COA berates PMDC for flawed handling of P50-M loan that ballooned to P222M

Published June 4, 2018, 7:35 PM

by Roel Tibay

By Ben Rosario

The Commission on Audit berated the Philippine Mining Development Corporation for its flawed management skills as the state audit agency noted that a P50-million loan acquired over a decade ago has ballooned to P222 million or 345.87 percent than the original amount.

MB FILE—Commission on Audit.
Commission on Audit
(MANILA BULLETIN FILE PHOTO)

COA noted in its 2017 annual audit report of the PMDC that the huge interests on the P50-million loan it received from the National Development Corporation in 2005 and 2006 and the wastage of funds could have been avoided.

COA said the loans accumulated to P152.379 million in 2011 “due to interests and penalties for nonpayment of the loan amortizations despite sufficient cash in bank that only earned very minimal interest.”

The P50-million loan has now reached P222.934, which is P172.934 million or 345.87 percent higher than the original amount.

Had Management exercised sound financial management, substantial interst expenses and penalties could have been avoided,” COA said.

State audit examiners recalled that half of the original loan of P50 million was acquired by the PMDC from the NDC in 2005 when the latter advanced the P25 million for conversion as additional subscription to the former, since NDC holds 20 percent PMDCs equity.

However, the PMDC failed to increase its authorized capital stock to accommodate the additional subscription of NDC, thus, the P25 million was treated as its loan to the mining development council.

In 2006, PMDC was given another P25 million by the PMDC to finance its exploration activities.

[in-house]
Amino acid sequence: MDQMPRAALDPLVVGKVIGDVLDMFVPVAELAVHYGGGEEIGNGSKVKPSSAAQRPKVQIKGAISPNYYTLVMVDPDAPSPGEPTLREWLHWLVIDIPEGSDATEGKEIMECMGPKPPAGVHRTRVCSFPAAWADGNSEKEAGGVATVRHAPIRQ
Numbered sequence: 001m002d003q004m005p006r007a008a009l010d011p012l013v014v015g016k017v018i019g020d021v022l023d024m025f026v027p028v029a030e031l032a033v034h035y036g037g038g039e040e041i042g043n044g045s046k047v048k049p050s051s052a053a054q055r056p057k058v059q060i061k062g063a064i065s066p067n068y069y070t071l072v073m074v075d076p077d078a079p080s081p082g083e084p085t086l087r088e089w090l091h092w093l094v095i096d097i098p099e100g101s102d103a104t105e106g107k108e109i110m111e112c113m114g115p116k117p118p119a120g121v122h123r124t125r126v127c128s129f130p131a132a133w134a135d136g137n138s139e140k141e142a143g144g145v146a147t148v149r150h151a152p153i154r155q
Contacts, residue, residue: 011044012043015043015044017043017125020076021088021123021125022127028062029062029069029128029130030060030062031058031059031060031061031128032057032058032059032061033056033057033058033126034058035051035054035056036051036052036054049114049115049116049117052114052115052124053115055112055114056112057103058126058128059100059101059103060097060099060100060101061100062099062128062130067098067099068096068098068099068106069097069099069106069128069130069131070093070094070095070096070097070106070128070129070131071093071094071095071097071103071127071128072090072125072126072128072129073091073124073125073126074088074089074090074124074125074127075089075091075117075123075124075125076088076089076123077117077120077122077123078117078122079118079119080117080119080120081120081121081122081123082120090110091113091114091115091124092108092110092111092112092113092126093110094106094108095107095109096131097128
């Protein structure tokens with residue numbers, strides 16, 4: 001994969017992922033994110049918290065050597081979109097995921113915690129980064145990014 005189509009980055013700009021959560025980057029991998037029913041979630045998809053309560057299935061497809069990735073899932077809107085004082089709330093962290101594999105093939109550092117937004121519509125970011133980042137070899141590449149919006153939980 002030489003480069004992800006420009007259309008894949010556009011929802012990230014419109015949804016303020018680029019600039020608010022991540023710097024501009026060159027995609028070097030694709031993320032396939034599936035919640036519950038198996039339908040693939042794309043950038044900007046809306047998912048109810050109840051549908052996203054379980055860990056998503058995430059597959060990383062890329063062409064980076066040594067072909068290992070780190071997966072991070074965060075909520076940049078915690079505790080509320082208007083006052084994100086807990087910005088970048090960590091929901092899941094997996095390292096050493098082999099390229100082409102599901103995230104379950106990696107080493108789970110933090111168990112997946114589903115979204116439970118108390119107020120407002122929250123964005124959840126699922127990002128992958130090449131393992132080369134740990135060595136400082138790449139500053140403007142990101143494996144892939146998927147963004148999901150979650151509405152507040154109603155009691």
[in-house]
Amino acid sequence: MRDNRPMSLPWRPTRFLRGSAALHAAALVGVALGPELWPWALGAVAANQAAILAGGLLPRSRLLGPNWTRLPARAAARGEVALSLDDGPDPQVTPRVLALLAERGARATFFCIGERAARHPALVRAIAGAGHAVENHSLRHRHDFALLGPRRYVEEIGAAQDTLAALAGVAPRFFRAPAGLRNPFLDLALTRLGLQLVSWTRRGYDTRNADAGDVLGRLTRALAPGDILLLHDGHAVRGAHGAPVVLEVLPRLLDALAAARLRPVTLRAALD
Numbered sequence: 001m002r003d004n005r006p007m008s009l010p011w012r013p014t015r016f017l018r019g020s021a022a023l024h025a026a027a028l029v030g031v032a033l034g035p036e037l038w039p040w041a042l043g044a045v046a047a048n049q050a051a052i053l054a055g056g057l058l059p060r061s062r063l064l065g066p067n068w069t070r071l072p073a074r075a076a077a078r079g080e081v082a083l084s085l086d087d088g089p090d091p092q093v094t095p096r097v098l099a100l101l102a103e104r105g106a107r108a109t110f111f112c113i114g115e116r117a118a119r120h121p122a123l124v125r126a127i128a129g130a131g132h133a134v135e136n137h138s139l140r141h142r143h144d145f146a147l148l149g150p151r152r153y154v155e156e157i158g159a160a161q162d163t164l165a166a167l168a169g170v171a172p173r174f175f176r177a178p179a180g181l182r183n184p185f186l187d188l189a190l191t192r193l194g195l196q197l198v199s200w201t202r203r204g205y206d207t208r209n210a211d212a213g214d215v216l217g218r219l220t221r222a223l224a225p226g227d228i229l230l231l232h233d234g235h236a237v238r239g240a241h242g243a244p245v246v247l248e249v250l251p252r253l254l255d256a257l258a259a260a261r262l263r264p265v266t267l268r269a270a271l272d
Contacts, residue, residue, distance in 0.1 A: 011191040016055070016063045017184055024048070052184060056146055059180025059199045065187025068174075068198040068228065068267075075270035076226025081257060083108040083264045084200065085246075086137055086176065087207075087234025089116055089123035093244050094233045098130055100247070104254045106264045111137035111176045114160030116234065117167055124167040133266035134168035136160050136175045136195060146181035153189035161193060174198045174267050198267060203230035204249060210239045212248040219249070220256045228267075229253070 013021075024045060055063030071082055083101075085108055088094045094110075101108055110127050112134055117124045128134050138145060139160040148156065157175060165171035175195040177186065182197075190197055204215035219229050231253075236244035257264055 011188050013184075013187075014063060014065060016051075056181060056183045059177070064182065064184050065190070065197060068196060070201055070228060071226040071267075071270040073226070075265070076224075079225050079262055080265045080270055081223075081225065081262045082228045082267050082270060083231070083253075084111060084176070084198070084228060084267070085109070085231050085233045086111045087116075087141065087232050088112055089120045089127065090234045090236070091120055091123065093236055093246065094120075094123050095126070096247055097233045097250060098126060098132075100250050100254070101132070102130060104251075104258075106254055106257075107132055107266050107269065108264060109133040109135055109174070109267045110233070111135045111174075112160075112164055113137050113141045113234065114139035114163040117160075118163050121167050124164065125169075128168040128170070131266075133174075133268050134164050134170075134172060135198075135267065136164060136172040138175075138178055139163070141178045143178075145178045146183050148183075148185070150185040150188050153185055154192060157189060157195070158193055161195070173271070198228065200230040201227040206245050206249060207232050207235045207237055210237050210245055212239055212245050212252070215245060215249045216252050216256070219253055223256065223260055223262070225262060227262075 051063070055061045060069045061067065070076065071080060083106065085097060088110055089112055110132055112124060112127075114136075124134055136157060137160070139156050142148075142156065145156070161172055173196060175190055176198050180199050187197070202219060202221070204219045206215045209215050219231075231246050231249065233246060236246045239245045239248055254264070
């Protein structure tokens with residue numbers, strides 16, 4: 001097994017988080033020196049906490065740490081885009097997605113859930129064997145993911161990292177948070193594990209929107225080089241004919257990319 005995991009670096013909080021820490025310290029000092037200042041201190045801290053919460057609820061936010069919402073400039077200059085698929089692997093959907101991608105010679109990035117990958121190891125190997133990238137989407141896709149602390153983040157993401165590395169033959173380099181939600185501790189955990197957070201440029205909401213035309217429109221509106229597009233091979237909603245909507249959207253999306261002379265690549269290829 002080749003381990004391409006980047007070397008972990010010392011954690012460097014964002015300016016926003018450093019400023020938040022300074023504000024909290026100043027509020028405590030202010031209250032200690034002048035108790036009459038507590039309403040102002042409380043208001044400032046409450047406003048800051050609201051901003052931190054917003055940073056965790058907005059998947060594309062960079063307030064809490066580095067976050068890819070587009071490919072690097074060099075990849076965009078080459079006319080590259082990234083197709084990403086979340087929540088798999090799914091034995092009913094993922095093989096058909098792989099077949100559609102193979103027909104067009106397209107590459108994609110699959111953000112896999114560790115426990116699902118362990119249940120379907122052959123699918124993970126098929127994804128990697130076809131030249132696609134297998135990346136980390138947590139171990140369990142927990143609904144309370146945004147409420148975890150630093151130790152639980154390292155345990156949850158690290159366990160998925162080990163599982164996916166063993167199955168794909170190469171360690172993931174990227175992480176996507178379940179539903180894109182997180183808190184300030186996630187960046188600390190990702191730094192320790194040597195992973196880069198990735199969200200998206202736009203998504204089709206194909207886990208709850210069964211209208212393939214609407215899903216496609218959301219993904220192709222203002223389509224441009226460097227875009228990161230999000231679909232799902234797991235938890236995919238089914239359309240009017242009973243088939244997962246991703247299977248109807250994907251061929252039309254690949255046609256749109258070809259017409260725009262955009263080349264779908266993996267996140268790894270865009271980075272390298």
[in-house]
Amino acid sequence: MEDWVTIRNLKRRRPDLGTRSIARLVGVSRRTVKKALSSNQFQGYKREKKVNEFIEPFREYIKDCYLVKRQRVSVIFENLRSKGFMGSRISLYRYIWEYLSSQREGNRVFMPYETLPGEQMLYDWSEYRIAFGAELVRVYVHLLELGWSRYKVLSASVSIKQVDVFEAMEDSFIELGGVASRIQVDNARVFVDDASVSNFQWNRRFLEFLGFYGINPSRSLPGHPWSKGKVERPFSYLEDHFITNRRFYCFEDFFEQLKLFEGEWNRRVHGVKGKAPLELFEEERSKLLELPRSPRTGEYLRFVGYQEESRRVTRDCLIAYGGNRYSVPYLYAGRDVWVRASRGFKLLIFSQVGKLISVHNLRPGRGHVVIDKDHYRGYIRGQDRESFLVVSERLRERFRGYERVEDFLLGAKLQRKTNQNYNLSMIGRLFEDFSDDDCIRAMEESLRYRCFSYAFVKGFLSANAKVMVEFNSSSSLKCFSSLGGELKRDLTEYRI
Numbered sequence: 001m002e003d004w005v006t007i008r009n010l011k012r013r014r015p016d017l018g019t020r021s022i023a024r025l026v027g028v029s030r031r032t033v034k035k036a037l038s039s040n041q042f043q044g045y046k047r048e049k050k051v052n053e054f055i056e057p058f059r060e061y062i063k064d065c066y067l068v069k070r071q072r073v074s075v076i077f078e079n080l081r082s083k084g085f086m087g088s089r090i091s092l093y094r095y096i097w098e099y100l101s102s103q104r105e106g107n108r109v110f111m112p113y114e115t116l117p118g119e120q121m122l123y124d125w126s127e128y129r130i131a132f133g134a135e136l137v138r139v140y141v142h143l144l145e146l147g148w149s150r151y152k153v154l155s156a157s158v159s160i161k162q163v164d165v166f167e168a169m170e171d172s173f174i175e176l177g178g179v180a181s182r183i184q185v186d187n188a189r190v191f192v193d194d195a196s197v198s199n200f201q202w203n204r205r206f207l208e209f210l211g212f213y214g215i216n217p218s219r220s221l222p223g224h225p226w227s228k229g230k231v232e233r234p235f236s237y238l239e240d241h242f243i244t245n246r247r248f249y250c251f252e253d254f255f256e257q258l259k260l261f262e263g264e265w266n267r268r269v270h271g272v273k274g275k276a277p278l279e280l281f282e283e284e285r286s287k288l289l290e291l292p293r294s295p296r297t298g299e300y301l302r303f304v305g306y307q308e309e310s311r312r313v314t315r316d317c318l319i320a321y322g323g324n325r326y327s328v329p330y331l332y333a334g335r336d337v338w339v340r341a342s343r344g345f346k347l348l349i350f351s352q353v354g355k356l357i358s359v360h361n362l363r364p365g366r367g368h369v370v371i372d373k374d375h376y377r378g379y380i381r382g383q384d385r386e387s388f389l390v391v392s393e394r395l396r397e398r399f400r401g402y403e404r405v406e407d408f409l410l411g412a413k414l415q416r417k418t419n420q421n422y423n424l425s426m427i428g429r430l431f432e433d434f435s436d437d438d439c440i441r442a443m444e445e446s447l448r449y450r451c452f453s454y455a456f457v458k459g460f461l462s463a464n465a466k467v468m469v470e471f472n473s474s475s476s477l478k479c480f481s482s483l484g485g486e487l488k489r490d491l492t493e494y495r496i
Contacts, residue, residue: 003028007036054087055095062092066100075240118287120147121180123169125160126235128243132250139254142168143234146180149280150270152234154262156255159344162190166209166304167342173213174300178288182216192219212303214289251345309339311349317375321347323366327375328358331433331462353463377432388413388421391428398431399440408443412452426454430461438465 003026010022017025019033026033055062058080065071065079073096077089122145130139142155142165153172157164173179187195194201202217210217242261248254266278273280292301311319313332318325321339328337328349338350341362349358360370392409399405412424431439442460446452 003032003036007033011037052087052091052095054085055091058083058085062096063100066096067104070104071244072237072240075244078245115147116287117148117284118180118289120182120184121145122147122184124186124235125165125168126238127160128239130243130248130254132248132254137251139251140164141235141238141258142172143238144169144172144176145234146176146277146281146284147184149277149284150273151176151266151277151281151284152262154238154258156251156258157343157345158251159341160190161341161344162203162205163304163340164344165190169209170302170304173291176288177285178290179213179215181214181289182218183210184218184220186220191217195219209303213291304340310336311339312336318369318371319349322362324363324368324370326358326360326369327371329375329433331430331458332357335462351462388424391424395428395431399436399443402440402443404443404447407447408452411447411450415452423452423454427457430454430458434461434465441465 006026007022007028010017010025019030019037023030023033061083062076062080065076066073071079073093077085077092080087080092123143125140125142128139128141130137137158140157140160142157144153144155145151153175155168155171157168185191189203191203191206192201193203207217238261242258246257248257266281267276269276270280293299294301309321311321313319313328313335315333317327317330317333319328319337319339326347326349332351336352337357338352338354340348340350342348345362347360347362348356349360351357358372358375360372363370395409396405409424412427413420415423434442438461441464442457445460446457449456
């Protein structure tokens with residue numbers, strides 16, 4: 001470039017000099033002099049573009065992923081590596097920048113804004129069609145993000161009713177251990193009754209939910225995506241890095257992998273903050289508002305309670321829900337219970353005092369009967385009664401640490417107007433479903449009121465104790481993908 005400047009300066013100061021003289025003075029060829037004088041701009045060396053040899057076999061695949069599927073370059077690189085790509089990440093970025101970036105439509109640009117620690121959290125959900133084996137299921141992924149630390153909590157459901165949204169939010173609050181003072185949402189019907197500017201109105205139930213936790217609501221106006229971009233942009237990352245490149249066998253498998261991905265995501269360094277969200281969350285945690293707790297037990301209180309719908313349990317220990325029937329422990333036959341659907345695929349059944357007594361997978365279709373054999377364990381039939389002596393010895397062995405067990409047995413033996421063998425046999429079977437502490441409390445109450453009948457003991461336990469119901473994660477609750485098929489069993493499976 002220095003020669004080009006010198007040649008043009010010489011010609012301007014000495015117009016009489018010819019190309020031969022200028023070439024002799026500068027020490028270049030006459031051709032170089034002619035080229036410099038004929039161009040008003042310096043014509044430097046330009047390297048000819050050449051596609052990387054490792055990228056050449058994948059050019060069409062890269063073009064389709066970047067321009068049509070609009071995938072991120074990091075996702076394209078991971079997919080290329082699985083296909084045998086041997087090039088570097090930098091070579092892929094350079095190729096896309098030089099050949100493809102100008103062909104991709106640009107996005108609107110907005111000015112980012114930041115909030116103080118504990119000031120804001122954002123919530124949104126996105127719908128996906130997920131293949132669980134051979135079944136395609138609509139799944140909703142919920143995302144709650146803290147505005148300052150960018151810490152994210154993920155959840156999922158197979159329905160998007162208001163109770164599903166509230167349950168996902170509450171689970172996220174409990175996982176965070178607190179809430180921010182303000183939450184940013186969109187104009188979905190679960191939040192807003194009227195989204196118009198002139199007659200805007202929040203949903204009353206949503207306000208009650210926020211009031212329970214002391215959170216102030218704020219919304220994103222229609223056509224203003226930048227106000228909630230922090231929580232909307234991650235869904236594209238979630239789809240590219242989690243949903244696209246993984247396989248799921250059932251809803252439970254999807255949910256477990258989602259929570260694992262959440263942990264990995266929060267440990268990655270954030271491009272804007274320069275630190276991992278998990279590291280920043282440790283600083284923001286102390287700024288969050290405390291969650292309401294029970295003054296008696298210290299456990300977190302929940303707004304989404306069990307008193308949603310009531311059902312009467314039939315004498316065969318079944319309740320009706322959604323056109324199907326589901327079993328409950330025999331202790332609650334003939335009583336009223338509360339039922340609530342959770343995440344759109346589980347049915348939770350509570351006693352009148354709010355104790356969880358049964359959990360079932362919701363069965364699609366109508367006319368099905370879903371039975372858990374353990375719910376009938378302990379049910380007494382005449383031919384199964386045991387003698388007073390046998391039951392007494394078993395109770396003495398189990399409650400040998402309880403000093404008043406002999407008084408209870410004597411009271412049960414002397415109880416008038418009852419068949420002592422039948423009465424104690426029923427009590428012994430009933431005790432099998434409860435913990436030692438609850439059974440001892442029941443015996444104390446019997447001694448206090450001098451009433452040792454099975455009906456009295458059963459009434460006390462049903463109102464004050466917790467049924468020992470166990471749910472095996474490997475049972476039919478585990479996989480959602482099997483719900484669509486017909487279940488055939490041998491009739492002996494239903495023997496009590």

Nevertheless, PMDC has not performed its mandate of exploring, developing, mining, among others, of mineral resources, since it goes into royalty business wherein it is being paid royalty fee from the proceeds of the sale of ores by its partner-operator,” COA said.

No loan amortizations were made by the PMDC until on June 14, 2011, the state-run firm sought and was granted a loan restructuring privilege that required it to pay an additional 12 per annum in interest.

Still, the loan remained outstanding until another restructuring agreement resulted in further increasing the loan and interest to P222.934 by September 30, 2026.

What baffled auditors is the fact that when it had sufficient funds to pay for the loans in the past three years, the government corporation still did not.

“The excess funds have not been efficiently and effectively utilized for profit maximization considering that the cost of borrowing was 12 percent per annum, while its excess cash earned a minimal return of 1.4 percent per annum,” COA said.

The state audit agency added that there has been a wastage of funds due to the interest expense and penalties incurred by the PMDC.

“Had management exercised sound financial management, interest expenses and penalties could have been avoided, while its shareholders can enjoy increase in the net assets of their investments and/or share in the dividends,” COA stated

 
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